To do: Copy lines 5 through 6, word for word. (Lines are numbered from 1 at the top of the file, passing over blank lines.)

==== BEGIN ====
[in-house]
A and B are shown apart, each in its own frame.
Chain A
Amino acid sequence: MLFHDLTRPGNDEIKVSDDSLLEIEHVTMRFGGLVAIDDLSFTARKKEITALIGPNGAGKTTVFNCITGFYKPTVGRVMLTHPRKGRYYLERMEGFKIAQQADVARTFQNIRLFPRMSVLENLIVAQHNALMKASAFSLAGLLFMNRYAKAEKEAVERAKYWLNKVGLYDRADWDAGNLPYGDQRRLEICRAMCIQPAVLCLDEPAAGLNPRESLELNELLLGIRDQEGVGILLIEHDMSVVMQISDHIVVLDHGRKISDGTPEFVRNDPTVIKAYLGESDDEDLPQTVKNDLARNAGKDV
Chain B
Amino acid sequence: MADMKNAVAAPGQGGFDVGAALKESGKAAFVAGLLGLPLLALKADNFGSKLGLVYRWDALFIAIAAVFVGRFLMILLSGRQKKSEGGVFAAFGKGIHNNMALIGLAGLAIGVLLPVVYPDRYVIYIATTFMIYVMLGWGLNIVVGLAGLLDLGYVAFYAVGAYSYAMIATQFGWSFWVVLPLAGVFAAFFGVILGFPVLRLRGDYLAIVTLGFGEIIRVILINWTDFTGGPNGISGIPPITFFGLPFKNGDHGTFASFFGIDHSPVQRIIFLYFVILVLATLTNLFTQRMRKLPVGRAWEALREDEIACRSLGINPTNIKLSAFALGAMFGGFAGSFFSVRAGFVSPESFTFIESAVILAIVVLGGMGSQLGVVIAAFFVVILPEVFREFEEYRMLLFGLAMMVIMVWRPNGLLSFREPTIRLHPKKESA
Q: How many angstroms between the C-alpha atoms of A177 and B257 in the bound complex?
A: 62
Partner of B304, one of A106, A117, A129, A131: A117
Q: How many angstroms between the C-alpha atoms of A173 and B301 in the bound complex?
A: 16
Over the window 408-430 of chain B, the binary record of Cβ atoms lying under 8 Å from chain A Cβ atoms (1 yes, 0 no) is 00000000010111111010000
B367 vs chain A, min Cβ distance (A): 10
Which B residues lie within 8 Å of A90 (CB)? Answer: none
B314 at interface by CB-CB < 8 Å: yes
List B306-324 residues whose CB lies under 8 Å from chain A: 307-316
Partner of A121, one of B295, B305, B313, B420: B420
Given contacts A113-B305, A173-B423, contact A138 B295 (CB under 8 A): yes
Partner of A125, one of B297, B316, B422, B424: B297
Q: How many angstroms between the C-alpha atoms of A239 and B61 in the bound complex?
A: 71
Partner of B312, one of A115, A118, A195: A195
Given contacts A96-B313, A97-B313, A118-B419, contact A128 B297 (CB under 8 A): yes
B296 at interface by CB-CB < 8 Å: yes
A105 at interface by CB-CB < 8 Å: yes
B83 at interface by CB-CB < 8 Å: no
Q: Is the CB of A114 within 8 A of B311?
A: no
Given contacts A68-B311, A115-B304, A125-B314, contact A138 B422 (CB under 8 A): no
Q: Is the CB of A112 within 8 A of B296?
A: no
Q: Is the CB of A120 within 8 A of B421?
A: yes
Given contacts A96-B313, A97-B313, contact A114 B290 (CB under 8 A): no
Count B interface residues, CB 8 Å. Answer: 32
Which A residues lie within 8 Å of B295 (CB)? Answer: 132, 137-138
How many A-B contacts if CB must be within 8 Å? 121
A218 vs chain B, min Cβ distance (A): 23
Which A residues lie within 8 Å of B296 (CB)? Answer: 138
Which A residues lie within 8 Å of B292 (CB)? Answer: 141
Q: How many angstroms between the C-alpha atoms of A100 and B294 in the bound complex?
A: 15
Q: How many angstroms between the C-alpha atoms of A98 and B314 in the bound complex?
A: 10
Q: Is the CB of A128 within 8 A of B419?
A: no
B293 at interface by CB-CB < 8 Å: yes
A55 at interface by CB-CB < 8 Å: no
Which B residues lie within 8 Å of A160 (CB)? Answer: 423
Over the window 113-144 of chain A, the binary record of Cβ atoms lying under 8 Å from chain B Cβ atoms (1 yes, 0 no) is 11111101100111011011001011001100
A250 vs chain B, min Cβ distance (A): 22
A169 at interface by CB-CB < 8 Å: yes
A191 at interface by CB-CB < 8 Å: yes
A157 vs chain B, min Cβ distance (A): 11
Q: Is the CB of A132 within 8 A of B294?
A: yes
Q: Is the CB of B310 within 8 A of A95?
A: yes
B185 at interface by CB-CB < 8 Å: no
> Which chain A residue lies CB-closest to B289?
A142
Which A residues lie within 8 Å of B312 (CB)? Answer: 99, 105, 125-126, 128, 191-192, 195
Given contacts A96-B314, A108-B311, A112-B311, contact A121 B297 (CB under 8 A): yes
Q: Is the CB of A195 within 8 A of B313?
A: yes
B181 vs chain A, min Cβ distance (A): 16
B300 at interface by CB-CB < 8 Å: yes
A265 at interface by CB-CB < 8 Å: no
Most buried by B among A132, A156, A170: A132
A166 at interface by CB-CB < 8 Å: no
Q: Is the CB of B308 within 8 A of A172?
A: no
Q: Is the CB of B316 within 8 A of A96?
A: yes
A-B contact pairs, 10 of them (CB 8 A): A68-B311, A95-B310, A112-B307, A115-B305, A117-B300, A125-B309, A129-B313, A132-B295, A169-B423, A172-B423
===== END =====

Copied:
Chain B
Amino acid sequence: MADMKNAVAAPGQGGFDVGAALKESGKAAFVAGLLGLPLLALKADNFGSKLGLVYRWDALFIAIAAVFVGRFLMILLSGRQKKSEGGVFAAFGKGIHNNMALIGLAGLAIGVLLPVVYPDRYVIYIATTFMIYVMLGWGLNIVVGLAGLLDLGYVAFYAVGAYSYAMIATQFGWSFWVVLPLAGVFAAFFGVILGFPVLRLRGDYLAIVTLGFGEIIRVILINWTDFTGGPNGISGIPPITFFGLPFKNGDHGTFASFFGIDHSPVQRIIFLYFVILVLATLTNLFTQRMRKLPVGRAWEALREDEIACRSLGINPTNIKLSAFALGAMFGGFAGSFFSVRAGFVSPESFTFIESAVILAIVVLGGMGSQLGVVIAAFFVVILPEVFREFEEYRMLLFGLAMMVIMVWRPNGLLSFREPTIRLHPKKESA